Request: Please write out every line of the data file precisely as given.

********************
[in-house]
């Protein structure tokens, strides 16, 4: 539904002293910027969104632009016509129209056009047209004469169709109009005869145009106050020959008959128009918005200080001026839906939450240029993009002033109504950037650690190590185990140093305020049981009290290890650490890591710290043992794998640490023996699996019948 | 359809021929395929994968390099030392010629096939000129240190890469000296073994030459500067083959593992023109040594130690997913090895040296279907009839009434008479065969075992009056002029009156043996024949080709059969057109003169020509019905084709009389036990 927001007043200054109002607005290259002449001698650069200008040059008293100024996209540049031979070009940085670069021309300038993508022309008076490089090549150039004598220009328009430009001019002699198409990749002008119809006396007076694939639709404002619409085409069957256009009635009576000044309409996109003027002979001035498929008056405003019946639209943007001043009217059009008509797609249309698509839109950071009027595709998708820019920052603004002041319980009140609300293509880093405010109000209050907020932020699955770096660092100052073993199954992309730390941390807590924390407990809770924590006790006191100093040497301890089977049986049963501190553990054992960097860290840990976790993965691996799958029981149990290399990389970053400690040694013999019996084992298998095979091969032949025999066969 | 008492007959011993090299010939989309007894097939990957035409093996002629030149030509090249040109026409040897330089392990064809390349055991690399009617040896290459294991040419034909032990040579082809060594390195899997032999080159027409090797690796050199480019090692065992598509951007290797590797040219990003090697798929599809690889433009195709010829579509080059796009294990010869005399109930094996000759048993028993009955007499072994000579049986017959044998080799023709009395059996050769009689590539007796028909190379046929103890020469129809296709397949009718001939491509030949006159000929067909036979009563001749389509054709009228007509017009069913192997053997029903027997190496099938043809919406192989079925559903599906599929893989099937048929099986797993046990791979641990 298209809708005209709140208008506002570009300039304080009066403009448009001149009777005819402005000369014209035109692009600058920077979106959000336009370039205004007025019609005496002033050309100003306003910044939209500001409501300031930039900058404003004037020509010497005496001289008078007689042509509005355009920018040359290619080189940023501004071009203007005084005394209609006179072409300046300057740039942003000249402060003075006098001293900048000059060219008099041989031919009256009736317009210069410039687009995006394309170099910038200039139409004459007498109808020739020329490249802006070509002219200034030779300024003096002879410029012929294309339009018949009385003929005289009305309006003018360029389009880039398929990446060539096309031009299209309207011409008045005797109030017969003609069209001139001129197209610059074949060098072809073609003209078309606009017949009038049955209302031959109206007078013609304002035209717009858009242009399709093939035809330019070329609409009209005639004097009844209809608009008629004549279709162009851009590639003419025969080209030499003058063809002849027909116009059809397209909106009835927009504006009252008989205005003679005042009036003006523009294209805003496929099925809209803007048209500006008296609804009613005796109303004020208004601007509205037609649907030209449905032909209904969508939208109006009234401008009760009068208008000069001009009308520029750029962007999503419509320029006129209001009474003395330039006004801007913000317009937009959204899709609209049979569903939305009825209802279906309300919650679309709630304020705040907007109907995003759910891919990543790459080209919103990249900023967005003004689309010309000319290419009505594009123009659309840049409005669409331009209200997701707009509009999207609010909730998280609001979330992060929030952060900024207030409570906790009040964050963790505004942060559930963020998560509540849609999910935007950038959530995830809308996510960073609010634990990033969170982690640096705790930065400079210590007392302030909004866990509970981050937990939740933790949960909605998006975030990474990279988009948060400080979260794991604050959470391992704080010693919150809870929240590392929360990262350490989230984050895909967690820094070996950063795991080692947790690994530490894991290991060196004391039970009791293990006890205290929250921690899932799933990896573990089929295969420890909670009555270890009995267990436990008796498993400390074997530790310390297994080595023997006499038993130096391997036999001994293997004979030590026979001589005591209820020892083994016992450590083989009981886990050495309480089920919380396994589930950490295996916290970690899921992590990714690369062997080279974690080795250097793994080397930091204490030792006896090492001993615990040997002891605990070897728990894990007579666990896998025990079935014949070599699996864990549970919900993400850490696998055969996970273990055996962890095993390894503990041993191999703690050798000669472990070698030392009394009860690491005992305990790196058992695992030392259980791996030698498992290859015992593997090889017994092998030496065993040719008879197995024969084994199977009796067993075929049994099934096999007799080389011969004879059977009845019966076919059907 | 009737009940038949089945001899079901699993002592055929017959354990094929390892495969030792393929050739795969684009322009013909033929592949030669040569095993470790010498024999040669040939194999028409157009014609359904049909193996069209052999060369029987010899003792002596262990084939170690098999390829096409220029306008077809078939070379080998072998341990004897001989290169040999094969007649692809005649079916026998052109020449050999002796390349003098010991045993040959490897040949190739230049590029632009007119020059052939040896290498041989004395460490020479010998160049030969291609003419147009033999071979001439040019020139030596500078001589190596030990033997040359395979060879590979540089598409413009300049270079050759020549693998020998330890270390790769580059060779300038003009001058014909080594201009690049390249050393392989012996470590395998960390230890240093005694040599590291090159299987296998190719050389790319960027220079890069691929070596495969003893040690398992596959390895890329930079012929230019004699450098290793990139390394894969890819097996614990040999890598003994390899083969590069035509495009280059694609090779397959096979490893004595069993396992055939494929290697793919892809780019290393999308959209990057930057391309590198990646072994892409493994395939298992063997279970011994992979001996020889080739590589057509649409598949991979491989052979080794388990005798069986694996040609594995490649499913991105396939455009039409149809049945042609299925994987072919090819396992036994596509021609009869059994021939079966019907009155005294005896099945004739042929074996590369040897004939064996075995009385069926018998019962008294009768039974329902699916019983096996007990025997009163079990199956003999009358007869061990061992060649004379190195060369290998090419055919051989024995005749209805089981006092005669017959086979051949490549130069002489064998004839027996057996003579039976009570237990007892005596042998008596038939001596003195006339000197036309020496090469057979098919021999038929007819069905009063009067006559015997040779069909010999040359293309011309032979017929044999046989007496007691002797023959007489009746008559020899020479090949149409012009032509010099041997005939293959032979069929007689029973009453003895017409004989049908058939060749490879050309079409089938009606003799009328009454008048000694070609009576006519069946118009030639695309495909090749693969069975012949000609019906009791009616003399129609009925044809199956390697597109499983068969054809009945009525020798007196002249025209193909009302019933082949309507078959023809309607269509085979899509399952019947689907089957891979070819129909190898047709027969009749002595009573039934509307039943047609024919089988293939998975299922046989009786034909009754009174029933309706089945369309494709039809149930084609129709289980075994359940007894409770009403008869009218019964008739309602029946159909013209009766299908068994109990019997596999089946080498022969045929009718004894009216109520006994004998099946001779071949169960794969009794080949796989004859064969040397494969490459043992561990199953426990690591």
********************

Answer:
[in-house]
């Protein structure tokens, strides 16, 4: 539904002293910027969104632009016509129209056009047209004469169709109009005869145009106050020959008959128009918005200080001026839906939450240029993009002033109504950037650690190590185990140093305020049981009290290890650490890591710290043992794998640490023996699996019948 | 359809021929395929994968390099030392010629096939000129240190890469000296073994030459500067083959593992023109040594130690997913090895040296279907009839009434008479065969075992009056002029009156043996024949080709059969057109003169020509019905084709009389036990 927001007043200054109002607005290259002449001698650069200008040059008293100024996209540049031979070009940085670069021309300038993508022309008076490089090549150039004598220009328009430009001019002699198409990749002008119809006396007076694939639709404002619409085409069957256009009635009576000044309409996109003027002979001035498929008056405003019946639209943007001043009217059009008509797609249309698509839109950071009027595709998708820019920052603004002041319980009140609300293509880093405010109000209050907020932020699955770096660092100052073993199954992309730390941390807590924390407990809770924590006790006191100093040497301890089977049986049963501190553990054992960097860290840990976790993965691996799958029981149990290399990389970053400690040694013999019996084992298998095979091969032949025999066969 | 008492007959011993090299010939989309007894097939990957035409093996002629030149030509090249040109026409040897330089392990064809390349055991690399009617040896290459294991040419034909032990040579082809060594390195899997032999080159027409090797690796050199480019090692065992598509951007290797590797040219990003090697798929599809690889433009195709010829579509080059796009294990010869005399109930094996000759048993028993009955007499072994000579049986017959044998080799023709009395059996050769009689590539007796028909190379046929103890020469129809296709397949009718001939491509030949006159000929067909036979009563001749389509054709009228007509017009069913192997053997029903027997190496099938043809919406192989079925559903599906599929893989099937048929099986797993046990791979641990 298209809708005209709140208008506002570009300039304080009066403009448009001149009777005819402005000369014209035109692009600058920077979106959000336009370039205004007025019609005496002033050309100003306003910044939209500001409501300031930039900058404003004037020509010497005496001289008078007689042509509005355009920018040359290619080189940023501004071009203007005084005394209609006179072409300046300057740039942003000249402060003075006098001293900048000059060219008099041989031919009256009736317009210069410039687009995006394309170099910038200039139409004459007498109808020739020329490249802006070509002219200034030779300024003096002879410029012929294309339009018949009385003929005289009305309006003018360029389009880039398929990446060539096309031009299209309207011409008045005797109030017969003609069209001139001129197209610059074949060098072809073609003209078309606009017949009038049955209302031959109206007078013609304002035209717009858009242009399709093939035809330019070329609409009209005639004097009844209809608009008629004549279709162009851009590639003419025969080209030499003058063809002849027909116009059809397209909106009835927009504006009252008989205005003679005042009036003006523009294209805003496929099925809209803007048209500006008296609804009613005796109303004020208004601007509205037609649907030209449905032909209904969508939208109006009234401008009760009068208008000069001009009308520029750029962007999503419509320029006129209001009474003395330039006004801007913000317009937009959204899709609209049979569903939305009825209802279906309300919650679309709630304020705040907007109907995003759910891919990543790459080209919103990249900023967005003004689309010309000319290419009505594009123009659309840049409005669409331009209200997701707009509009999207609010909730998280609001979330992060929030952060900024207030409570906790009040964050963790505004942060559930963020998560509540849609999910935007950038959530995830809308996510960073609010634990990033969170982690640096705790930065400079210590007392302030909004866990509970981050937990939740933790949960909605998006975030990474990279988009948060400080979260794991604050959470391992704080010693919150809870929240590392929360990262350490989230984050895909967690820094070996950063795991080692947790690994530490894991290991060196004391039970009791293990006890205290929250921690899932799933990896573990089929295969420890909670009555270890009995267990436990008796498993400390074997530790310390297994080595023997006499038993130096391997036999001994293997004979030590026979001589005591209820020892083994016992450590083989009981886990050495309480089920919380396994589930950490295996916290970690899921992590990714690369062997080279974690080795250097793994080397930091204490030792006896090492001993615990040997002891605990070897728990894990007579666990896998025990079935014949070599699996864990549970919900993400850490696998055969996970273990055996962890095993390894503990041993191999703690050798000669472990070698030392009394009860690491005992305990790196058992695992030392259980791996030698498992290859015992593997090889017994092998030496065993040719008879197995024969084994199977009796067993075929049994099934096999007799080389011969004879059977009845019966076919059907 | 009737009940038949089945001899079901699993002592055929017959354990094929390892495969030792393929050739795969684009322009013909033929592949030669040569095993470790010498024999040669040939194999028409157009014609359904049909193996069209052999060369029987010899003792002596262990084939170690098999390829096409220029306008077809078939070379080998072998341990004897001989290169040999094969007649692809005649079916026998052109020449050999002796390349003098010991045993040959490897040949190739230049590029632009007119020059052939040896290498041989004395460490020479010998160049030969291609003419147009033999071979001439040019020139030596500078001589190596030990033997040359395979060879590979540089598409413009300049270079050759020549693998020998330890270390790769580059060779300038003009001058014909080594201009690049390249050393392989012996470590395998960390230890240093005694040599590291090159299987296998190719050389790319960027220079890069691929070596495969003893040690398992596959390895890329930079012929230019004699450098290793990139390394894969890819097996614990040999890598003994390899083969590069035509495009280059694609090779397959096979490893004595069993396992055939494929290697793919892809780019290393999308959209990057930057391309590198990646072994892409493994395939298992063997279970011994992979001996020889080739590589057509649409598949991979491989052979080794388990005798069986694996040609594995490649499913991105396939455009039409149809049945042609299925994987072919090819396992036994596509021609009869059994021939079966019907009155005294005896099945004739042929074996590369040897004939064996075995009385069926018998019962008294009768039974329902699916019983096996007990025997009163079990199956003999009358007869061990061992060649004379190195060369290998090419055919051989024995005749209805089981006092005669017959086979051949490549130069002489064998004839027996057996003579039976009570237990007892005596042998008596038939001596003195006339000197036309020496090469057979098919021999038929007819069905009063009067006559015997040779069909010999040359293309011309032979017929044999046989007496007691002797023959007489009746008559020899020479090949149409012009032509010099041997005939293959032979069929007689029973009453003895017409004989049908058939060749490879050309079409089938009606003799009328009454008048000694070609009576006519069946118009030639695309495909090749693969069975012949000609019906009791009616003399129609009925044809199956390697597109499983068969054809009945009525020798007196002249025209193909009302019933082949309507078959023809309607269509085979899509399952019947689907089957891979070819129909190898047709027969009749002595009573039934509307039943047609024919089988293939998975299922046989009786034909009754009174029933309706089945369309494709039809149930084609129709289980075994359940007894409770009403008869009218019964008739309602029946159909013209009766299908068994109990019997596999089946080498022969045929009718004894009216109520006994004998099946001779071949169960794969009794080949796989004859064969040397494969490459043992561990199953426990690591």